'Data center' simulation project by sjesu_rajendra


#1

I created a new simulation project called 'Data center':

Validation for data center - by Gao et al


More of my public projects can be found here.


#2

@sjesu_rajendra - awesome project! Did some addition post-processing:


#3


#4

Description


 
Data centers are critical, energy-hungry infrastructures that operate round the clock. They provide computing functions that are vital to the daily operations of top economic, scientific, and technological organizations around the world. The amount of energy consumed by these centers is estimated at 3% of the total worldwide electricity use, with an annual growth rate of 4.4%. Naturally, this has a tremendous economic, environmental, and performance impact that makes the energy efficiency of cooling systems one of the primary concerns for data center designers, ahead of the traditional considerations of availability and security. [1]
 
Studies also show that the largest energy consumer in a typical data center is the cooling and ventilation infrastructure (50%), followed by servers and storage devices (26%) [2]. Thus, in order to control costs while meeting the increasing demand for data center facilities, designers must make the cooling infrastructure and its energy efficiency their primary focus.
 

Project Goals


 
The current project involves conducting a Computational Fluid Dynamics (CFD) analysis of the airflow inside the data center with the help of the SimScale platform. With the end goal of studying the airflow patterns and designing the ventilation system, we simulate a sample meshed geometry of the data center along with preset boundary conditions.
 
Our results will reveal a deeper insight into the further steps needed to be taken to make design alterations or the data center and/or the ventilation system.
 

Geometry


 
The geometry is constructed such as that of any standard data centre. The data center under consideration, houses several physical servers lined up together in the form of racks. A more accurate representation of the geometry can be found in the images below.
 
image
 
Isometric view
 
image
 
Internal view
 

Meshes


 
A hex-dominant parametric (only CFD) mesh is generated and mapped onto the imported geometry. The meshing operation requires 16 computing cores and the resultant mesh contains over 5 million nodes. An overall and a fine mesh refinement is made on the surface of the entire body in order to have a higher level of accuracy in our results.
 
image
 
Isometric view of meshed geometry
 
image
 
Internal view of meshed data center geometry
 

Simulation


 
Post meshing, we run a Steady State simulation, with an analysis type of Convective Heat Transfer. The turbulence model chosen for this simulation is k-omega SST due to its good behaviour in adverse pressure gradients and separating flow.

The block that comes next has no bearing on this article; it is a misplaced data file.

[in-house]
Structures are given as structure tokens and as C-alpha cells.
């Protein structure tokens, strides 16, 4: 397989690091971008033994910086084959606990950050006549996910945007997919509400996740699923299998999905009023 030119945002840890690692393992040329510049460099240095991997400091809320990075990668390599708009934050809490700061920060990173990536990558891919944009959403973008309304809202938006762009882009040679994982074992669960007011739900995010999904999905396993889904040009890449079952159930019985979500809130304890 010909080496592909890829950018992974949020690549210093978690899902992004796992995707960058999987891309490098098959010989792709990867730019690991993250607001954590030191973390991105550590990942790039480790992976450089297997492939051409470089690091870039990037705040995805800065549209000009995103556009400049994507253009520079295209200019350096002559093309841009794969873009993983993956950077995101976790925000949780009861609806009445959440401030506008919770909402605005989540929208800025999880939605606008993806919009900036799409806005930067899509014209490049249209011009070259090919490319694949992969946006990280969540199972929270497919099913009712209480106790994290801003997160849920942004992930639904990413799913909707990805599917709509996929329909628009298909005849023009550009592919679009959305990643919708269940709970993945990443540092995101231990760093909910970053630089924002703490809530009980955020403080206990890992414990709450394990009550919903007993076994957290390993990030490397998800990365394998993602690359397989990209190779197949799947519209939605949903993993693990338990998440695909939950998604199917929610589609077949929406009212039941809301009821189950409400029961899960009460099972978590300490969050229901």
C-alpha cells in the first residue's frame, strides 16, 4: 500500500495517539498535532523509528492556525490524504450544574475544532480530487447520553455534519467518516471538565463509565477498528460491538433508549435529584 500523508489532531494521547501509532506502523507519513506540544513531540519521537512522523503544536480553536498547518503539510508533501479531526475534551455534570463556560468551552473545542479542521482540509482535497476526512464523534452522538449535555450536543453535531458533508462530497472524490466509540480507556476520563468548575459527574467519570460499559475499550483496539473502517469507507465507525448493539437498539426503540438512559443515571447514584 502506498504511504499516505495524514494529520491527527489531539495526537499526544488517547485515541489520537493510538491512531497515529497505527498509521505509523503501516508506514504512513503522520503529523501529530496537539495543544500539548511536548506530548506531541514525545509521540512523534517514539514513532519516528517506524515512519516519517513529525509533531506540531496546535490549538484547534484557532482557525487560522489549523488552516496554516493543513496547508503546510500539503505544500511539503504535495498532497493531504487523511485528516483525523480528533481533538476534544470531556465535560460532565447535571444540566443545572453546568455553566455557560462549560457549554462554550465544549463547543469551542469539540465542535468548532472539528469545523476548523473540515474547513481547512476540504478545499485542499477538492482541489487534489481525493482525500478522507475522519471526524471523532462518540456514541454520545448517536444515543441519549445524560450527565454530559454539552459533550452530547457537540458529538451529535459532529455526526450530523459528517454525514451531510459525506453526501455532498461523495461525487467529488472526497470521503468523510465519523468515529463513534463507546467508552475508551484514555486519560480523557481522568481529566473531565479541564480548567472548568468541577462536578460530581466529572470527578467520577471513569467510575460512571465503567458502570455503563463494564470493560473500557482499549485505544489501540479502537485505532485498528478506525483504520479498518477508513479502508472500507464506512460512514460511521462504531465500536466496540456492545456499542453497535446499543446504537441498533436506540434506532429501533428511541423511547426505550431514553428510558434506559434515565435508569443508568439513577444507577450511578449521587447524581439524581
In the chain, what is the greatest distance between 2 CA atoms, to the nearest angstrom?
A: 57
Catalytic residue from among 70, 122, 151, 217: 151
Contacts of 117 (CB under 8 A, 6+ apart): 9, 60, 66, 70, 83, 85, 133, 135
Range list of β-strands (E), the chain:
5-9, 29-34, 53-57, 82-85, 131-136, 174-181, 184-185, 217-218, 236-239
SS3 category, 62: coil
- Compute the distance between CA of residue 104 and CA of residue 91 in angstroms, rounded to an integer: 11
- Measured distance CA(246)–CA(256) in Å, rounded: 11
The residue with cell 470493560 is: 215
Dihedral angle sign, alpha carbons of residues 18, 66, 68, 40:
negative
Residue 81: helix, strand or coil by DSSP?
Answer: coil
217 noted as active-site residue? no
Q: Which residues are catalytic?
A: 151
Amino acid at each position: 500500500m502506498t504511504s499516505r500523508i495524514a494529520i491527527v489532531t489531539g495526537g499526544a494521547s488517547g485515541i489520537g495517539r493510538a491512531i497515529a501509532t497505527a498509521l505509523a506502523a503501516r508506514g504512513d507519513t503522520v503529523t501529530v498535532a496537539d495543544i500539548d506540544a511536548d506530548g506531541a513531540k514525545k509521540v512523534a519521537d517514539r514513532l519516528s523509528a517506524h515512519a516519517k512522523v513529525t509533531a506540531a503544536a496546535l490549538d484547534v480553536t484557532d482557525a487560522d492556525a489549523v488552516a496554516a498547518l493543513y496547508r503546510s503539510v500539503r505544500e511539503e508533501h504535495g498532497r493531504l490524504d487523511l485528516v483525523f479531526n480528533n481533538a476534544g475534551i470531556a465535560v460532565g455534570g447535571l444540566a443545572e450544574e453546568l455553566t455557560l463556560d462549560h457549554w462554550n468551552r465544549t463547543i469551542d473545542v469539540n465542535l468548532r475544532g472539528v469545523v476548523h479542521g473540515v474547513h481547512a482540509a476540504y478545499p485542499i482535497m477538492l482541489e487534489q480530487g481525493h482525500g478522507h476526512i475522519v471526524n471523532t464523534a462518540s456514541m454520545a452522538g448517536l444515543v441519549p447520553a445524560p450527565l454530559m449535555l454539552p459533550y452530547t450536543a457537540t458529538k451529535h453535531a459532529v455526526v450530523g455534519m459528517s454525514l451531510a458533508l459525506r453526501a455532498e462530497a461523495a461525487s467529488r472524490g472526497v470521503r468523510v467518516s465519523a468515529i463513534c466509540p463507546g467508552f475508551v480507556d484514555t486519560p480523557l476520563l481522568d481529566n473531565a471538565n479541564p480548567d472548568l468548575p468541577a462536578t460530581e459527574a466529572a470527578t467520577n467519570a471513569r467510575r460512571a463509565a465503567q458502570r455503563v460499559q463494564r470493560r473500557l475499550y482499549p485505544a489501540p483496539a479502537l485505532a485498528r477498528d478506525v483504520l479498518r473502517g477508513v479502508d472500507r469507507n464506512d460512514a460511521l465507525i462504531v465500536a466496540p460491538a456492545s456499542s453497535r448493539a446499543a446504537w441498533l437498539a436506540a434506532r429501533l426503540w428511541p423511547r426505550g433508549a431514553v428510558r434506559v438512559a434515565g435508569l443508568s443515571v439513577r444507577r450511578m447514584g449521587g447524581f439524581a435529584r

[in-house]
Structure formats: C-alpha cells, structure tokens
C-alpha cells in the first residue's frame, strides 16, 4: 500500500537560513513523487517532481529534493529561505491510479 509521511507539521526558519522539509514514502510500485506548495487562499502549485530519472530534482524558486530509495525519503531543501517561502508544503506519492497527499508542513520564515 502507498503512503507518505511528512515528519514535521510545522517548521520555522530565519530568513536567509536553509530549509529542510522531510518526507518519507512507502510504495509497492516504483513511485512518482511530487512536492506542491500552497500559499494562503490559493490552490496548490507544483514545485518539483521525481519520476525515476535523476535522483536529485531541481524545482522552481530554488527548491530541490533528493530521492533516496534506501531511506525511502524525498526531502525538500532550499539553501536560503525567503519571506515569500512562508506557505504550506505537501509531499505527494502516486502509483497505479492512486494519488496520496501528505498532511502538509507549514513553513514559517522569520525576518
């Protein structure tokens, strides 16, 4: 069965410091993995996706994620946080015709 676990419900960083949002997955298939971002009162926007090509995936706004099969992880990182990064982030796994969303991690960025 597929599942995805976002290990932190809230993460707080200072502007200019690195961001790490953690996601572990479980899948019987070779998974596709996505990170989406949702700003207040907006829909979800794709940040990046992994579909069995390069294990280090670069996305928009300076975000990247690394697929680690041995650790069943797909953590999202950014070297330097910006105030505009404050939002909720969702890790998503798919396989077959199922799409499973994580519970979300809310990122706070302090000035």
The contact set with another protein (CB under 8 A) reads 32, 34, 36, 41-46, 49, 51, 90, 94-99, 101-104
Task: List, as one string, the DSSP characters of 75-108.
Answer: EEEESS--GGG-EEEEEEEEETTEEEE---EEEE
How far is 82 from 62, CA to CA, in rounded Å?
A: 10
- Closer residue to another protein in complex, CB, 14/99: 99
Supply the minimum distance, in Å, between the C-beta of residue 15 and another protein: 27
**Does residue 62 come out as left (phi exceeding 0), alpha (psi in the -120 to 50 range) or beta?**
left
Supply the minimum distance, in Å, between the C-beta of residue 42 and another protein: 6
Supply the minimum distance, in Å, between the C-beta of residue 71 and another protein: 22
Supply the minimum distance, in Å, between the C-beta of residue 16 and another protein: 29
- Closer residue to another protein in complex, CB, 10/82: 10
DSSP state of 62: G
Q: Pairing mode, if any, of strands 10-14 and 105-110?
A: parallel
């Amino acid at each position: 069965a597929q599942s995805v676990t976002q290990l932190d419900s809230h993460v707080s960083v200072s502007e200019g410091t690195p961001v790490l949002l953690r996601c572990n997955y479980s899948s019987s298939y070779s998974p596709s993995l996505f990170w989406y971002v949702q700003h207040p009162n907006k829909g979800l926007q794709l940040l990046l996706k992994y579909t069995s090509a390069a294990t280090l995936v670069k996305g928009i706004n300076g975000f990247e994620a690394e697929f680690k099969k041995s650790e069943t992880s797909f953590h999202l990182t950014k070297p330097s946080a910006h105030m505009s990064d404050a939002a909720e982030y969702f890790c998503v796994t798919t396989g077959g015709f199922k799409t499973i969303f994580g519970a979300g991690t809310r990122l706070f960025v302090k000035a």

The simulation is set up with the following boundary conditions:
 

  • 4 Inlets: Velocity inlets with a fixed volumetric flow rate
  • Outlet: Pressure outlet at atmospheric pressure
  • Heat Source: As heat is released from the vents of the servers and storage devices, they are set to be the heat source in the current simulation.
  • Walls: All the remaining surfaces are assigned as walls, with no slip and zero temperature gradient.
     

Results and Conclusion


Below, we can see the results of the simulation post-processing.
 


 
The image above shows the top view of the velocity contour at the mid-section of the room. The velocity is highest in the proximity of the server stacks, which are the heat source. Due to the high-temperature region created, there is a lower pressure, resulting in an increased flow of air into that region. Effectively, this air gets heated up and is carried away into the low-temperature regions, situated outside the stack area.
 
The figure below shows a similar view of the temperature contour. As can be observed, the high-temperature regions near the servers plummet to lower temperature due to the cross-flow across the room. Thus, we may conclude that ventilation is effective to provide sufficient cooling.
 

 
The figure below depicts the vector flow of the air as seen from a vertical cross-section.
 

 

References


 
[1] W. V. Heddeghem et al., Trends in worldwide ICT electricity consumption from 2007 to 2012, Comput. Commun., vol. 50, pp. 64–76, Sep. 2014
 
[2] Top 10 energy-saving tips for a greener data center, Info-Tech Research Group, London, ON, Canada, Apr. 2010, http://static.infotech.com/downloads/samples/070411_premium_oo_greendc_top_10.pdf